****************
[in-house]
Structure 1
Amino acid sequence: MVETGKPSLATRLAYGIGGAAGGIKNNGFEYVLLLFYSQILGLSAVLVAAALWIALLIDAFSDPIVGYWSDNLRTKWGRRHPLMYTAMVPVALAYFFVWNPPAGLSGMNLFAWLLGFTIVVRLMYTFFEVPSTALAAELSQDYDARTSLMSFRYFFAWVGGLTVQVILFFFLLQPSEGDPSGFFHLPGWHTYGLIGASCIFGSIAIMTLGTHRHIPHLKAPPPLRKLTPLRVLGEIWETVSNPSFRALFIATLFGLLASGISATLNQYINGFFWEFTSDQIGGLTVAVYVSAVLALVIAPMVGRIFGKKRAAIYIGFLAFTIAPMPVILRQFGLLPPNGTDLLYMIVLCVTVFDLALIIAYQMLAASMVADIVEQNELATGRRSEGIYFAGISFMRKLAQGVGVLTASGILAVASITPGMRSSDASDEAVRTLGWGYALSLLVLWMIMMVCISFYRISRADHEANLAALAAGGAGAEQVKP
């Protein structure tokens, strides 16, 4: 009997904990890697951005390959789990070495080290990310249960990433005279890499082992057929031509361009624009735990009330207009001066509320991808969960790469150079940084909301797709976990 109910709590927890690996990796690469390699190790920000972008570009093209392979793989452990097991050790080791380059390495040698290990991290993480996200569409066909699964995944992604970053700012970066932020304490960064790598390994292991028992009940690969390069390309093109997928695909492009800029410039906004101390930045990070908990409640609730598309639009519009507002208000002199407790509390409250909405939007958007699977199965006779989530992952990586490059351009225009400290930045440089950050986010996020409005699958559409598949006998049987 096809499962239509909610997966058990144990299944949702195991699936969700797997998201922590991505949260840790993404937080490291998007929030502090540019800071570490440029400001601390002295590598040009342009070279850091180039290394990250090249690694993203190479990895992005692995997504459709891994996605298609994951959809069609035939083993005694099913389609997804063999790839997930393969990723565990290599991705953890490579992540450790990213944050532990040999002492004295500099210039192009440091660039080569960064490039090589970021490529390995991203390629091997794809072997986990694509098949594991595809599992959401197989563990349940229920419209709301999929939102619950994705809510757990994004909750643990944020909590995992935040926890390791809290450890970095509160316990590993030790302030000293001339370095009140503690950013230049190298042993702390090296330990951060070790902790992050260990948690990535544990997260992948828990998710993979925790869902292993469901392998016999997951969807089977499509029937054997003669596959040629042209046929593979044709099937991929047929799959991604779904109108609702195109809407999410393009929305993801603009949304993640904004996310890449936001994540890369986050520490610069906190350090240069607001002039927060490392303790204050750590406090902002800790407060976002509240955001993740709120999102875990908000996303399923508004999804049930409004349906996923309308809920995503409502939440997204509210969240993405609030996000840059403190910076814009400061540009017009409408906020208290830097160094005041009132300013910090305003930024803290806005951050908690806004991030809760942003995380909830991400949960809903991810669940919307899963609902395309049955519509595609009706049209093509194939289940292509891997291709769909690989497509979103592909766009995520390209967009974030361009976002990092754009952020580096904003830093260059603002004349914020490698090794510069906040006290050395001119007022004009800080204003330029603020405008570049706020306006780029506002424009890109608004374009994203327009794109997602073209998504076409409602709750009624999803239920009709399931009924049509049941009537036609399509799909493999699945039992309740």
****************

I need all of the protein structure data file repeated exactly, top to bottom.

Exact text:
[in-house]
Structure 1
Amino acid sequence: MVETGKPSLATRLAYGIGGAAGGIKNNGFEYVLLLFYSQILGLSAVLVAAALWIALLIDAFSDPIVGYWSDNLRTKWGRRHPLMYTAMVPVALAYFFVWNPPAGLSGMNLFAWLLGFTIVVRLMYTFFEVPSTALAAELSQDYDARTSLMSFRYFFAWVGGLTVQVILFFFLLQPSEGDPSGFFHLPGWHTYGLIGASCIFGSIAIMTLGTHRHIPHLKAPPPLRKLTPLRVLGEIWETVSNPSFRALFIATLFGLLASGISATLNQYINGFFWEFTSDQIGGLTVAVYVSAVLALVIAPMVGRIFGKKRAAIYIGFLAFTIAPMPVILRQFGLLPPNGTDLLYMIVLCVTVFDLALIIAYQMLAASMVADIVEQNELATGRRSEGIYFAGISFMRKLAQGVGVLTASGILAVASITPGMRSSDASDEAVRTLGWGYALSLLVLWMIMMVCISFYRISRADHEANLAALAAGGAGAEQVKP
């Protein structure tokens, strides 16, 4: 009997904990890697951005390959789990070495080290990310249960990433005279890499082992057929031509361009624009735990009330207009001066509320991808969960790469150079940084909301797709976990 109910709590927890690996990796690469390699190790920000972008570009093209392979793989452990097991050790080791380059390495040698290990991290993480996200569409066909699964995944992604970053700012970066932020304490960064790598390994292991028992009940690969390069390309093109997928695909492009800029410039906004101390930045990070908990409640609730598309639009519009507002208000002199407790509390409250909405939007958007699977199965006779989530992952990586490059351009225009400290930045440089950050986010996020409005699958559409598949006998049987 096809499962239509909610997966058990144990299944949702195991699936969700797997998201922590991505949260840790993404937080490291998007929030502090540019800071570490440029400001601390002295590598040009342009070279850091180039290394990250090249690694993203190479990895992005692995997504459709891994996605298609994951959809069609035939083993005694099913389609997804063999790839997930393969990723565990290599991705953890490579992540450790990213944050532990040999002492004295500099210039192009440091660039080569960064490039090589970021490529390995991203390629091997794809072997986990694509098949594991595809599992959401197989563990349940229920419209709301999929939102619950994705809510757990994004909750643990944020909590995992935040926890390791809290450890970095509160316990590993030790302030000293001339370095009140503690950013230049190298042993702390090296330990951060070790902790992050260990948690990535544990997260992948828990998710993979925790869902292993469901392998016999997951969807089977499509029937054997003669596959040629042209046929593979044709099937991929047929799959991604779904109108609702195109809407999410393009929305993801603009949304993640904004996310890449936001994540890369986050520490610069906190350090240069607001002039927060490392303790204050750590406090902002800790407060976002509240955001993740709120999102875990908000996303399923508004999804049930409004349906996923309308809920995503409502939440997204509210969240993405609030996000840059403190910076814009400061540009017009409408906020208290830097160094005041009132300013910090305003930024803290806005951050908690806004991030809760942003995380909830991400949960809903991810669940919307899963609902395309049955519509595609009706049209093509194939289940292509891997291709769909690989497509979103592909766009995520390209967009974030361009976002990092754009952020580096904003830093260059603002004349914020490698090794510069906040006290050395001119007022004009800080204003330029603020405008570049706020306006780029506002424009890109608004374009994203327009794109997602073209998504076409409602709750009624999803239920009709399931009924049509049941009537036609399509799909493999699945039992309740």